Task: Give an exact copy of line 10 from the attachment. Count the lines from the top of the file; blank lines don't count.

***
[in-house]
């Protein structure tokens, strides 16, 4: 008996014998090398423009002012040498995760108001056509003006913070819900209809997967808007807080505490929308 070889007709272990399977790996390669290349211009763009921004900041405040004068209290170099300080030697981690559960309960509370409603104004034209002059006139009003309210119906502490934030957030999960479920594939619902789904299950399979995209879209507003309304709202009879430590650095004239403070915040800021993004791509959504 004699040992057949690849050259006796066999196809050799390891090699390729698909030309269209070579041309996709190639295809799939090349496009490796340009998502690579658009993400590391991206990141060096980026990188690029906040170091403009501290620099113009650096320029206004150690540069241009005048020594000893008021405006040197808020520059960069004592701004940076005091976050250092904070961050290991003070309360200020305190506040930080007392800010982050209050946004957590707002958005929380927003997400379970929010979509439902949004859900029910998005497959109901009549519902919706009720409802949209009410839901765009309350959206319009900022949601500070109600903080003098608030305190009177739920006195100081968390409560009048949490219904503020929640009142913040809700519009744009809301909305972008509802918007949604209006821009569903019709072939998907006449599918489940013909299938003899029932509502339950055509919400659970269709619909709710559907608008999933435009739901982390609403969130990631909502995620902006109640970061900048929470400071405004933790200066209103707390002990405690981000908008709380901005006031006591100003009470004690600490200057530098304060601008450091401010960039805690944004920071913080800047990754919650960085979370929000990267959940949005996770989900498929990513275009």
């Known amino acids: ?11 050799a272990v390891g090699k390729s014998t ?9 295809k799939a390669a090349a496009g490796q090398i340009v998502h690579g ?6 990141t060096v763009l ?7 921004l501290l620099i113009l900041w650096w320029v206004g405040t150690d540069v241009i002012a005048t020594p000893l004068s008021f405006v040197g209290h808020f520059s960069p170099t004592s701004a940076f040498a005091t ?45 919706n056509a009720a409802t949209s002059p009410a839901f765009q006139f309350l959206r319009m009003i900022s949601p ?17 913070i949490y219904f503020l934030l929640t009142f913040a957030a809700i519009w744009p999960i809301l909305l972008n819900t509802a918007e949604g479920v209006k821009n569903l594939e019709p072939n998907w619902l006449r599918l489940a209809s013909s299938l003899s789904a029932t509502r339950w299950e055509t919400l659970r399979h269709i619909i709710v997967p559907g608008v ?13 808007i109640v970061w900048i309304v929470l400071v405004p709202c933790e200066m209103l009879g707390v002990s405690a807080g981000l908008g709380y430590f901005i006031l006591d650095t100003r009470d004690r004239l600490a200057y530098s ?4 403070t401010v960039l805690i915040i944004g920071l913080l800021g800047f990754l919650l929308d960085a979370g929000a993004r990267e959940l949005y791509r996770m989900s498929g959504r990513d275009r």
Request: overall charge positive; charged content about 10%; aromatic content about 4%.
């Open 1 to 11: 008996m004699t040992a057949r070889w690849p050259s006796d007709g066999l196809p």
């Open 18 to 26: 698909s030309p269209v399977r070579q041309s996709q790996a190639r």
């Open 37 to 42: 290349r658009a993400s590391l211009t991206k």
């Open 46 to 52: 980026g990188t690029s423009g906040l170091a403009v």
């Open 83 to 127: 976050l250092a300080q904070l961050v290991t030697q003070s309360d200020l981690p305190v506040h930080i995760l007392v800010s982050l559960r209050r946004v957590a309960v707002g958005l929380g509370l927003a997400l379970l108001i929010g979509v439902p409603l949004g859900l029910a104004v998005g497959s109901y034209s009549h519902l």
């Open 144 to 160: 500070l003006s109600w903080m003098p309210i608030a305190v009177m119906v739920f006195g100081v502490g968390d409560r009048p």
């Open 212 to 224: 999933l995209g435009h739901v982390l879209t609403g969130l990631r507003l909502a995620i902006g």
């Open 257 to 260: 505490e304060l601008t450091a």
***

């Open 144 to 160: 500070l003006s109600w903080m003098p309210i608030a305190v009177m119906v739920f006195g100081v502490g968390d409560r009048p």